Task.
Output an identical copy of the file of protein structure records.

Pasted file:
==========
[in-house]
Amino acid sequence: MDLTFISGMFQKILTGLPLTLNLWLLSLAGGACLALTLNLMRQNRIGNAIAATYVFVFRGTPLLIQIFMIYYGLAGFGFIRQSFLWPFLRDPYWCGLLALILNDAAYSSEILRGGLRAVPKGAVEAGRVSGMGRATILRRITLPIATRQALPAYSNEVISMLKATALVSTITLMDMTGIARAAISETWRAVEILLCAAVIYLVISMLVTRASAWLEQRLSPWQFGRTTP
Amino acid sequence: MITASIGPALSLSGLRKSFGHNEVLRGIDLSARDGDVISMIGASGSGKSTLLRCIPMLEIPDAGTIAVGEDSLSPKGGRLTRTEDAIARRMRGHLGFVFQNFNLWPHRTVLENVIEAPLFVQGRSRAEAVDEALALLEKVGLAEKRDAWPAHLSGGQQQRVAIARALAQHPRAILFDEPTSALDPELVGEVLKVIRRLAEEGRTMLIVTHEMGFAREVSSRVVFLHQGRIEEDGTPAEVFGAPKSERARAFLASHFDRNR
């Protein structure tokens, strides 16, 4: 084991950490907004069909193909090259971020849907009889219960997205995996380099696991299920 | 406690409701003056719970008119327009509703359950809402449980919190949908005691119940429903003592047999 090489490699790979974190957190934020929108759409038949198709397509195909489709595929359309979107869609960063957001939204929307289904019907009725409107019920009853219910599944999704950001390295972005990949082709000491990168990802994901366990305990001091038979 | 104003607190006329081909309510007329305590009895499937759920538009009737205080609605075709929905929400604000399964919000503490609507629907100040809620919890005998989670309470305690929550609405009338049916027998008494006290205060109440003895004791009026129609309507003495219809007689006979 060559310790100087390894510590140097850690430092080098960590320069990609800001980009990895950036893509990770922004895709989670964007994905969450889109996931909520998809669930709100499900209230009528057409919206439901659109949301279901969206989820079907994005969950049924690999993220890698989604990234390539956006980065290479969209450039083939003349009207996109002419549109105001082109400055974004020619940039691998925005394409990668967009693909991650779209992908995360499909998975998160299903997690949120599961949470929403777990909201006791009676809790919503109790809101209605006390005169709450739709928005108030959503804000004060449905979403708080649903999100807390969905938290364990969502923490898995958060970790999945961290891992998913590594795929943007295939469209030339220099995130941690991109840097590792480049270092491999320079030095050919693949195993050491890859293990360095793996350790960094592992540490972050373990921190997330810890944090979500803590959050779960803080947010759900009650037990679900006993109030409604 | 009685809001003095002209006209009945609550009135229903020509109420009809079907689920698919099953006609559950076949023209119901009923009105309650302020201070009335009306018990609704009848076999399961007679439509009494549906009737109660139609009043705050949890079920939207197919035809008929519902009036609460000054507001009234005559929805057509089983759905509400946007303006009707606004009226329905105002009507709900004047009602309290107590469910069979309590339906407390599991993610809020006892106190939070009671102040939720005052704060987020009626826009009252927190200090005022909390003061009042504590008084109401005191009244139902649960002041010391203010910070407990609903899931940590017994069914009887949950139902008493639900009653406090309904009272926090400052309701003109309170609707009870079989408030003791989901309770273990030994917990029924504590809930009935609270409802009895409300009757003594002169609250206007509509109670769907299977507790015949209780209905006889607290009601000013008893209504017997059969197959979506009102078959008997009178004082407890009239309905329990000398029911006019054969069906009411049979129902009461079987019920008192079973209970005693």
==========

[in-house]
Amino acid sequence: MDLTFISGMFQKILTGLPLTLNLWLLSLAGGACLALTLNLMRQNRIGNAIAATYVFVFRGTPLLIQIFMIYYGLAGFGFIRQSFLWPFLRDPYWCGLLALILNDAAYSSEILRGGLRAVPKGAVEAGRVSGMGRATILRRITLPIATRQALPAYSNEVISMLKATALVSTITLMDMTGIARAAISETWRAVEILLCAAVIYLVISMLVTRASAWLEQRLSPWQFGRTTP
Amino acid sequence: MITASIGPALSLSGLRKSFGHNEVLRGIDLSARDGDVISMIGASGSGKSTLLRCIPMLEIPDAGTIAVGEDSLSPKGGRLTRTEDAIARRMRGHLGFVFQNFNLWPHRTVLENVIEAPLFVQGRSRAEAVDEALALLEKVGLAEKRDAWPAHLSGGQQQRVAIARALAQHPRAILFDEPTSALDPELVGEVLKVIRRLAEEGRTMLIVTHEMGFAREVSSRVVFLHQGRIEEDGTPAEVFGAPKSERARAFLASHFDRNR
């Protein structure tokens, strides 16, 4: 084991950490907004069909193909090259971020849907009889219960997205995996380099696991299920 | 406690409701003056719970008119327009509703359950809402449980919190949908005691119940429903003592047999 090489490699790979974190957190934020929108759409038949198709397509195909489709595929359309979107869609960063957001939204929307289904019907009725409107019920009853219910599944999704950001390295972005990949082709000491990168990802994901366990305990001091038979 | 104003607190006329081909309510007329305590009895499937759920538009009737205080609605075709929905929400604000399964919000503490609507629907100040809620919890005998989670309470305690929550609405009338049916027998008494006290205060109440003895004791009026129609309507003495219809007689006979 060559310790100087390894510590140097850690430092080098960590320069990609800001980009990895950036893509990770922004895709989670964007994905969450889109996931909520998809669930709100499900209230009528057409919206439901659109949301279901969206989820079907994005969950049924690999993220890698989604990234390539956006980065290479969209450039083939003349009207996109002419549109105001082109400055974004020619940039691998925005394409990668967009693909991650779209992908995360499909998975998160299903997690949120599961949470929403777990909201006791009676809790919503109790809101209605006390005169709450739709928005108030959503804000004060449905979403708080649903999100807390969905938290364990969502923490898995958060970790999945961290891992998913590594795929943007295939469209030339220099995130941690991109840097590792480049270092491999320079030095050919693949195993050491890859293990360095793996350790960094592992540490972050373990921190997330810890944090979500803590959050779960803080947010759900009650037990679900006993109030409604 | 009685809001003095002209006209009945609550009135229903020509109420009809079907689920698919099953006609559950076949023209119901009923009105309650302020201070009335009306018990609704009848076999399961007679439509009494549906009737109660139609009043705050949890079920939207197919035809008929519902009036609460000054507001009234005559929805057509089983759905509400946007303006009707606004009226329905105002009507709900004047009602309290107590469910069979309590339906407390599991993610809020006892106190939070009671102040939720005052704060987020009626826009009252927190200090005022909390003061009042504590008084109401005191009244139902649960002041010391203010910070407990609903899931940590017994069914009887949950139902008493639900009653406090309904009272926090400052309701003109309170609707009870079989408030003791989901309770273990030994917990029924504590809930009935609270409802009895409300009757003594002169609250206007509509109670769907299977507790015949209780209905006889607290009601000013008893209504017997059969197959979506009102078959008997009178004082407890009239309905329990000398029911006019054969069906009411049979129902009461079987019920008192079973209970005693």